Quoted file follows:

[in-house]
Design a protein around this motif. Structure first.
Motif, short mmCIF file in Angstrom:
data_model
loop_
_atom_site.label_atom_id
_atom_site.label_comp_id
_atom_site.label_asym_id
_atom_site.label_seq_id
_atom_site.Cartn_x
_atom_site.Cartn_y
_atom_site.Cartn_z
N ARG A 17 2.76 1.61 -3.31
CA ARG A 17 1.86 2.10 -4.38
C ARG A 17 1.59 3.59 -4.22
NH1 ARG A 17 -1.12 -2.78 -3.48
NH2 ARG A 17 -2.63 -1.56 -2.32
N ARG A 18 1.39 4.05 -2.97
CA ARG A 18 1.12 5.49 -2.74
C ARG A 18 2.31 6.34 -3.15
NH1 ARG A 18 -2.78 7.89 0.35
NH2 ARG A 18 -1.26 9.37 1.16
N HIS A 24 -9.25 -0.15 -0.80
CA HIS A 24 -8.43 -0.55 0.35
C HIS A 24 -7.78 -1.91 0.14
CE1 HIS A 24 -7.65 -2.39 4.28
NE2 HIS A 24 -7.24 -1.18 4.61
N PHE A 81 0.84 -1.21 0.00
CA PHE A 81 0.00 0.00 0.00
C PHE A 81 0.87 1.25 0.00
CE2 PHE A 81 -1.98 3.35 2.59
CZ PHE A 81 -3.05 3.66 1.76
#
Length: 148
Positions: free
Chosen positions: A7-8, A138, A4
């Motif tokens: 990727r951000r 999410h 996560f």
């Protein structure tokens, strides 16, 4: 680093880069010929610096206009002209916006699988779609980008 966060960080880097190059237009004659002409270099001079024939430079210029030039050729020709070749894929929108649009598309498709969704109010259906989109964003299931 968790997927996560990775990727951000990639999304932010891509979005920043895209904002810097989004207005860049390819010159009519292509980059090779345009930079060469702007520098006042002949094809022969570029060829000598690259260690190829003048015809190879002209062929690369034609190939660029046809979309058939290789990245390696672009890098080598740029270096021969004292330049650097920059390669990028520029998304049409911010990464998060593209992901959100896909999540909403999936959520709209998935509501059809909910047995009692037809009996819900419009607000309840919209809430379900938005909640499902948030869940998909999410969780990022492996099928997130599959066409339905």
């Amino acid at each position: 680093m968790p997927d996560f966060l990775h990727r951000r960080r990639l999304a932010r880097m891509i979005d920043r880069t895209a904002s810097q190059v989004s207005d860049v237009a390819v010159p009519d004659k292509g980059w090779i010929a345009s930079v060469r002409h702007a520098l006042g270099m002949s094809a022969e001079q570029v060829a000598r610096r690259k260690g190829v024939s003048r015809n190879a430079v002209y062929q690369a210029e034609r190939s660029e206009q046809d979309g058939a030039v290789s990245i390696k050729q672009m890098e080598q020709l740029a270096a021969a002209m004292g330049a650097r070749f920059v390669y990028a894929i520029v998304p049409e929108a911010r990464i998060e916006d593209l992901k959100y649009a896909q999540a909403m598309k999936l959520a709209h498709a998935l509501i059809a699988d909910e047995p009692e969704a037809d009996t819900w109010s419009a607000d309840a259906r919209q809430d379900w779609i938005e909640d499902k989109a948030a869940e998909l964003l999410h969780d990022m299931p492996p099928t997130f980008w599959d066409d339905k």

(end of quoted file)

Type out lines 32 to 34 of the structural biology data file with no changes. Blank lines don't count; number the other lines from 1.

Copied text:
CZ PHE A 81 -3.05 3.66 1.76
#
Length: 148